Out of the running: Steyer ended his presidential bid on Feb. 29, following the South Carolina primary. He spent over $150 million of his own money on TV ads to boost his name recognition and get himself in front of voters in the four early voting states, but after disappointing finishes in the first three nominating contests -- in which he finished no higher than fifth place -- and despite an improved showing in the South Carolina primary, Steyer told supporters that he was ending his bid for the presidency because he didn't see a path where he could win.
Name: Tom Steyer
Date of birth: June 27, 1957
Hometown: Grew up in New York City but has lived in San Francisco since 1986
Family: Married to Kathryn "Kat" Taylor and they have four children
Education: He graduated from Yale and earned his MBA at Stanford University
What he does now: Before his presidential announcement, Steyer worked to gin up support for the impeachment of Trump, spending millions of dollars on a national ad campaign through the group NeedtoImpeach, which he founded and funds. He spent $120 million during the 2018 midterm elections in an effort to elect progressive candidates, turn out young voters and conjure support to begin impeachment proceedings.
What he used to do: Steyer left Wall Street for San Francisco in 1986 and began to manage a hedge fund, from which he built his wealth, according to his biography. The fund was made in coal mines and power plants in countries like China and Indonesia. In an interview on ABC's "This Week," Chief White House Correspondent Jonathan Karl pressed Steyer on his past investments in fossil fuels despite championing himself as an advocate for combating climate change.
"In our business, we invested in every part of the economy, including fossil fuels. When I realized what a threat this was ... to our environment, and to the people of the United States and people around the world. I changed, I divested from all of that stuff, I left my business, I took the giving pledge to give my money to good causes. And I'm asking every American to do exactly what I did," Steyer said.
Key life/career moments:
Through his organization NextGen America, Steyer organized, "the nation's largest voter-turnout effort" in the 2018 midterm elections, according to his biography. His work assisted in the Democratic party's majority taking over the House.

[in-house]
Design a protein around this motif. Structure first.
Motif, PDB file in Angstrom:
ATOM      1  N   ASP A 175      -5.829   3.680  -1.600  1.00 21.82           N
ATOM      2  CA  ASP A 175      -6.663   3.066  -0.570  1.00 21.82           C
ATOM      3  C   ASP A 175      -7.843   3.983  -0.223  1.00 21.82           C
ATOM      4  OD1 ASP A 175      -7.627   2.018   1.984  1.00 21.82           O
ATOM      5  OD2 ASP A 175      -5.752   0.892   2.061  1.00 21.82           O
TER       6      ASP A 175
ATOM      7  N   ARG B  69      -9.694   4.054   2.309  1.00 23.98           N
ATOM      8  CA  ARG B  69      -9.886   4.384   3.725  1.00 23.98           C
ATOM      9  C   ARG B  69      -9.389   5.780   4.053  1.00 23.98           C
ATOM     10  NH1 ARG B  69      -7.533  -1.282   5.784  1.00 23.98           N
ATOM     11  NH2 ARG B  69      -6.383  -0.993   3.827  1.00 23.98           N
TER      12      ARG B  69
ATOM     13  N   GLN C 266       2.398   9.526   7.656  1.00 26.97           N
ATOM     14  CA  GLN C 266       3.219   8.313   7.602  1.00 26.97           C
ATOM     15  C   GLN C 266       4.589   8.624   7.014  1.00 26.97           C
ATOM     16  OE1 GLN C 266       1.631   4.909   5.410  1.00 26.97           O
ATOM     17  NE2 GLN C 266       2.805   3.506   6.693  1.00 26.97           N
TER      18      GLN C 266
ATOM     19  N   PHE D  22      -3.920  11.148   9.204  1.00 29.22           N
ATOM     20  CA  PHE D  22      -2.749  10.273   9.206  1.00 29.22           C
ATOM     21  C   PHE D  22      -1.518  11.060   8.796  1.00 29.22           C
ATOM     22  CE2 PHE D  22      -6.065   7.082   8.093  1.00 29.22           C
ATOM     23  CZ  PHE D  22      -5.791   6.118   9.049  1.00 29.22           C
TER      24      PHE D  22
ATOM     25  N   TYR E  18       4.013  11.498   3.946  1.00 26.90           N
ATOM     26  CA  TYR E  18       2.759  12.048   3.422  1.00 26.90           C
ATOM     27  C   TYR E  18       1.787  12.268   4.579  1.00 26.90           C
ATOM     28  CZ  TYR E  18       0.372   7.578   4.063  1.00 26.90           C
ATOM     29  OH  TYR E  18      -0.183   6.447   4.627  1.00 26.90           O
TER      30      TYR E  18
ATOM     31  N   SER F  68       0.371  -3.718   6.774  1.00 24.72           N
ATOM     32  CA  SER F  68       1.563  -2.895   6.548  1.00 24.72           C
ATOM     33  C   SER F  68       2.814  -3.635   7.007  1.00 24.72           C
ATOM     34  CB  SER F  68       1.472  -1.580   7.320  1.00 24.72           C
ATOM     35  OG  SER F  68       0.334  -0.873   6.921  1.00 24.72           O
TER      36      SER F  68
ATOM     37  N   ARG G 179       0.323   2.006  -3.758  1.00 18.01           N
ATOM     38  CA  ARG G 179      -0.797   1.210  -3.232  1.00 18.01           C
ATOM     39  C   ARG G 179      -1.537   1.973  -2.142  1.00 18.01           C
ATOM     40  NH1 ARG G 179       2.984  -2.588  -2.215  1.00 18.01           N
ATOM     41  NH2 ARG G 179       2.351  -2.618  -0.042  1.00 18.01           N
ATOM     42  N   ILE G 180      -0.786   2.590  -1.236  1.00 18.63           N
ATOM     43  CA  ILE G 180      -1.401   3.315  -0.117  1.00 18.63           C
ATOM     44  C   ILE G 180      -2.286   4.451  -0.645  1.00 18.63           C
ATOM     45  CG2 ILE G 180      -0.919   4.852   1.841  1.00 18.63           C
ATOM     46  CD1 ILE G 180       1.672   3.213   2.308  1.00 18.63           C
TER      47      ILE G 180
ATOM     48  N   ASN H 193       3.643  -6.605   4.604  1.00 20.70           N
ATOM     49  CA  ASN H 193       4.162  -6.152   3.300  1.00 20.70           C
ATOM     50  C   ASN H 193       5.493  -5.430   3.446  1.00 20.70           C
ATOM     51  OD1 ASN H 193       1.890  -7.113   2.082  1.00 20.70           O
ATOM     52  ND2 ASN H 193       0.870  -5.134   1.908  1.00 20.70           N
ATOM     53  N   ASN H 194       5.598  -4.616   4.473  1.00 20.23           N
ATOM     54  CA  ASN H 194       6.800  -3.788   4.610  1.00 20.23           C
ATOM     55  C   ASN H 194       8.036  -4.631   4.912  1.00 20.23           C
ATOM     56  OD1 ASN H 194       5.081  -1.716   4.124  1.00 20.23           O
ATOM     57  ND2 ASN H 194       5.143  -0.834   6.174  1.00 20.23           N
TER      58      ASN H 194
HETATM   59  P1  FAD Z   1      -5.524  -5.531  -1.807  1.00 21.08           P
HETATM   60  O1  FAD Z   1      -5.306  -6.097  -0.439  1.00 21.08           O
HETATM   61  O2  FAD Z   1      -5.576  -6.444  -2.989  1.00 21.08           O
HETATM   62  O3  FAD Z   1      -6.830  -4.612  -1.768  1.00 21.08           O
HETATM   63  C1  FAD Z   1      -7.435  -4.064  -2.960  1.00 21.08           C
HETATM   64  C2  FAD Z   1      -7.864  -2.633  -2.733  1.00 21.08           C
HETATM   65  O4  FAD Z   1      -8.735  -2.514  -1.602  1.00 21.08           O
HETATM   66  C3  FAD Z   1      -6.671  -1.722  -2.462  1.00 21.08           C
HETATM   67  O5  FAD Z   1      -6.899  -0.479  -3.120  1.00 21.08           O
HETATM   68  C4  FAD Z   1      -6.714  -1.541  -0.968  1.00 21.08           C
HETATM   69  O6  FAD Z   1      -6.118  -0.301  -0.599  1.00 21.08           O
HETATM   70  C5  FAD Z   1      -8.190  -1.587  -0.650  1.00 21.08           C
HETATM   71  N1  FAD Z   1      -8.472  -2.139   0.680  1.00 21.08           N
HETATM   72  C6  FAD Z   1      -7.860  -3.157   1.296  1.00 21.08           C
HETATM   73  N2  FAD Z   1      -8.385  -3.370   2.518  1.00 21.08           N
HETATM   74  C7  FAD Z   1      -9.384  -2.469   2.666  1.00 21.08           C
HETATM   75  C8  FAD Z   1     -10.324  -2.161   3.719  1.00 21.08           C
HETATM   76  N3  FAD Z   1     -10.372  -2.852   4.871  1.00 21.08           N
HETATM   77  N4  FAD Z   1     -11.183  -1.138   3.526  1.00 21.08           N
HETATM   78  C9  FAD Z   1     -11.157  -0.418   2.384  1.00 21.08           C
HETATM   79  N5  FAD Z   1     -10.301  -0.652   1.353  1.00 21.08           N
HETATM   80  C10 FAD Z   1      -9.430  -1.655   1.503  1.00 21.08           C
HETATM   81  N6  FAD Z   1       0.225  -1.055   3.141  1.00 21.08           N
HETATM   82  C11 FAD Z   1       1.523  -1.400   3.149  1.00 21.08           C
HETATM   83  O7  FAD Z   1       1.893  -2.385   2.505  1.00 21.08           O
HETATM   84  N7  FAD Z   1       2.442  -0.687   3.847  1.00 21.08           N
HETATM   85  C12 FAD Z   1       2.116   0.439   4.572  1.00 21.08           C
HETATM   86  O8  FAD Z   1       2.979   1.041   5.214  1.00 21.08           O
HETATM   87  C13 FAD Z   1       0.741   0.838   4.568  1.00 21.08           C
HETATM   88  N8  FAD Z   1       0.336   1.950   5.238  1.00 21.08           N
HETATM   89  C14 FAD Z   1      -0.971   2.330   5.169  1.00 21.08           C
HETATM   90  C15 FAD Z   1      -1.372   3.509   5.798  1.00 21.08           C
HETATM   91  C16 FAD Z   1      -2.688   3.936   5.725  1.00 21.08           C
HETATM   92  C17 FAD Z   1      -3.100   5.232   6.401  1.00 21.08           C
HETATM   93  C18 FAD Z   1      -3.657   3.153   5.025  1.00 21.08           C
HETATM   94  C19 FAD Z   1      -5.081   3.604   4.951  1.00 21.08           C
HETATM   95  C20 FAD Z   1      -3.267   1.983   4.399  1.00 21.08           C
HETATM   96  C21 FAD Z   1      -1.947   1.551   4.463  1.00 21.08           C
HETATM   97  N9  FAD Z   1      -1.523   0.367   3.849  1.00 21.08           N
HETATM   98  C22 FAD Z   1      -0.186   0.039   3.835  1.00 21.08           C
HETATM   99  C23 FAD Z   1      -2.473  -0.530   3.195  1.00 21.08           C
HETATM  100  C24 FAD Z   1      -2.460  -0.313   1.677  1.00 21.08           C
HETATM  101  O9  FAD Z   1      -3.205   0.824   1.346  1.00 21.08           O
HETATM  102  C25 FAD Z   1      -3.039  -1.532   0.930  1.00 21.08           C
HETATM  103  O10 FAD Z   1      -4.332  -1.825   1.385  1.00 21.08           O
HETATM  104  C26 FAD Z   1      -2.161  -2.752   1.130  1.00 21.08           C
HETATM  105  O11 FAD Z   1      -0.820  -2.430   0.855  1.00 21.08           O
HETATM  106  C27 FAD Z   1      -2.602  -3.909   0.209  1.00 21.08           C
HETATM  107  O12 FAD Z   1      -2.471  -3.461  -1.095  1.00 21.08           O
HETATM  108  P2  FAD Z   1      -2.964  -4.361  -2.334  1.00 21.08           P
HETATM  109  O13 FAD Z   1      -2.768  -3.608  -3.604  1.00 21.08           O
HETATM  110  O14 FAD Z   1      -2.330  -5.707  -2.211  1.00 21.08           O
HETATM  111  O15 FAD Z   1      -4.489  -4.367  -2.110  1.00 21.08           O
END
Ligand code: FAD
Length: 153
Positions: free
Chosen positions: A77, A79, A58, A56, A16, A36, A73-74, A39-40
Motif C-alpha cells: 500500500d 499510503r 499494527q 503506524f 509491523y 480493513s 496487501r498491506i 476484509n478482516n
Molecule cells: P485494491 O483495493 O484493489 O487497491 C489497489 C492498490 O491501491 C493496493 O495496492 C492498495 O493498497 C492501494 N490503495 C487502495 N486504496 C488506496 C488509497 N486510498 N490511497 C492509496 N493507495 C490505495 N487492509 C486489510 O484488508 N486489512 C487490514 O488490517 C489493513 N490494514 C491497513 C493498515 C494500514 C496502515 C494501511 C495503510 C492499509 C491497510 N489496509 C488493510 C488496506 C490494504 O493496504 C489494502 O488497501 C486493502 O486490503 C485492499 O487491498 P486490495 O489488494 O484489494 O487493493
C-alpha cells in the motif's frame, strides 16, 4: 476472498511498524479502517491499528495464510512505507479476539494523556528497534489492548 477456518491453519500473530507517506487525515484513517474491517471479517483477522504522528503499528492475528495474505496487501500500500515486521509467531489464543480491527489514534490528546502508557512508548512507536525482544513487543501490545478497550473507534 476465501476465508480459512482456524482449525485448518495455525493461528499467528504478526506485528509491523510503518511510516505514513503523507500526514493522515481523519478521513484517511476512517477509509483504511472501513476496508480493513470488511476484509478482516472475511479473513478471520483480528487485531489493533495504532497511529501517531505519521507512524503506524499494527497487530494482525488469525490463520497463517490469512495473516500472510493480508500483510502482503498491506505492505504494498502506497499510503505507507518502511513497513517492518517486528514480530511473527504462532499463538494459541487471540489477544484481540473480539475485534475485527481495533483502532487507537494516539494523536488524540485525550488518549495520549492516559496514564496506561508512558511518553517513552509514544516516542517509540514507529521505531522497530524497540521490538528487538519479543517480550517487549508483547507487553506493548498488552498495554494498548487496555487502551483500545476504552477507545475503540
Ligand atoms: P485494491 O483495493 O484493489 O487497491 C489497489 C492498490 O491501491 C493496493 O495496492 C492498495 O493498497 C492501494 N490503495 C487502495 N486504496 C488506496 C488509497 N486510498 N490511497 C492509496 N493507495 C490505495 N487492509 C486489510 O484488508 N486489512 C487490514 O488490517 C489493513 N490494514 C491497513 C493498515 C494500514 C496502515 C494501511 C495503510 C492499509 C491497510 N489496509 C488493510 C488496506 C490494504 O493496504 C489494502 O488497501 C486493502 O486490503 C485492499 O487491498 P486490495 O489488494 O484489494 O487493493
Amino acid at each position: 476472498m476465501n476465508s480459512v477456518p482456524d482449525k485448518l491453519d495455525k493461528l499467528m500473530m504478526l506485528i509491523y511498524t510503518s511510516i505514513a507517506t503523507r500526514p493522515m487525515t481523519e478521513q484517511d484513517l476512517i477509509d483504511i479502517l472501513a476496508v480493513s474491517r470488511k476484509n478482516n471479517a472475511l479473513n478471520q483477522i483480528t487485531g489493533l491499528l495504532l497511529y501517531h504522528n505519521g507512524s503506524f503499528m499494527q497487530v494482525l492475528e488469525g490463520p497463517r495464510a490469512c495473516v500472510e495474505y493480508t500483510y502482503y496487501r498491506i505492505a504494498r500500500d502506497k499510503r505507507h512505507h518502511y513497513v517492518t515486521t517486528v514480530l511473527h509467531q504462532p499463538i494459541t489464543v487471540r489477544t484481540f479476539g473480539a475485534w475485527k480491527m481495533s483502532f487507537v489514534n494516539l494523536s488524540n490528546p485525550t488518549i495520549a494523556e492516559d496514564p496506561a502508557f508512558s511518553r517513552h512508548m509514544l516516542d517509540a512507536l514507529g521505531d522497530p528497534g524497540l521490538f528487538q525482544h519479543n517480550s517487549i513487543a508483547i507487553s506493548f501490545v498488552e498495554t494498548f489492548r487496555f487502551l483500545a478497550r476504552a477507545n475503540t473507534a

He stepped down as head of his investment firm in 2012 so that he could dedicate his time to philanthropy and political action, according to his campaign biography.
Where he stands on some of the issues:
One of Steyer's main focuses as president would be to combat climate change, according to a video announcing his candidacy. He said the country needs to address the fossil fuel companies that "dominate our politics" in order to reverse the effects of climate change. In 2014, Steyer funded $74 million into federal elections through a super pack he launched called NextGen Climate Action.
Steyer unveiled his "Five Rights" plan which aims to enable protections from big corporations their interests. His plan includes the right to an equal vote, the right to clean air and clean water, the right to learn, the right to a living wage and the right to health, according to his campaign website.
Another major policy focus Steyer announced is to remove corporate influence from politics.
"Americans are deeply disappointed and hurt by the way they're treated by what they think is the power elite in Washington D.C.," he said.
Steyer launched his presidential bid shortly after the second-quarter fundraising numbers were released. He has pledged to spend over $100 million of his own money towards his campaign.
In the first four weeks of his campaign, he outpaced every other candidate in his campaign ad blitz, scrambling to make up for lost time as he competes with rivals who are months ahead of him. Steyer has been blanketing airways and social media platforms in key states with advertisements targeting Trump and introducing himself to the American people. He's spent more than $6.6 million on television and online ads in the first four weeks of his campaign, according to television and online ad data. He has to -- the deadline to qualify for the third democratic debate in September is swiftly approaching and there's a high threshold for unique donors to qualify and candidates have to hit 2% in at least four recognized polls. In most of his online ads, he has asked donors to contribute $1 so that he could meet the donor count requirement and make it onto the stage in Houston.
What you may now know about him:
Steyer's father Roy served in the Navy and worked on the legal team that prosecuted Nazi war criminals after World War II in the Nuremberg Trials, according to his biography.
With his wife, he was among the first to sign the "giving pledge," a commitment to give away the bulk of their personal fortune during their lifetimes, his campaign website says.
ABC News' John Verhovek, Briana Stewart, Sasha Pezenik and Soo Rin Kim contributed to this report.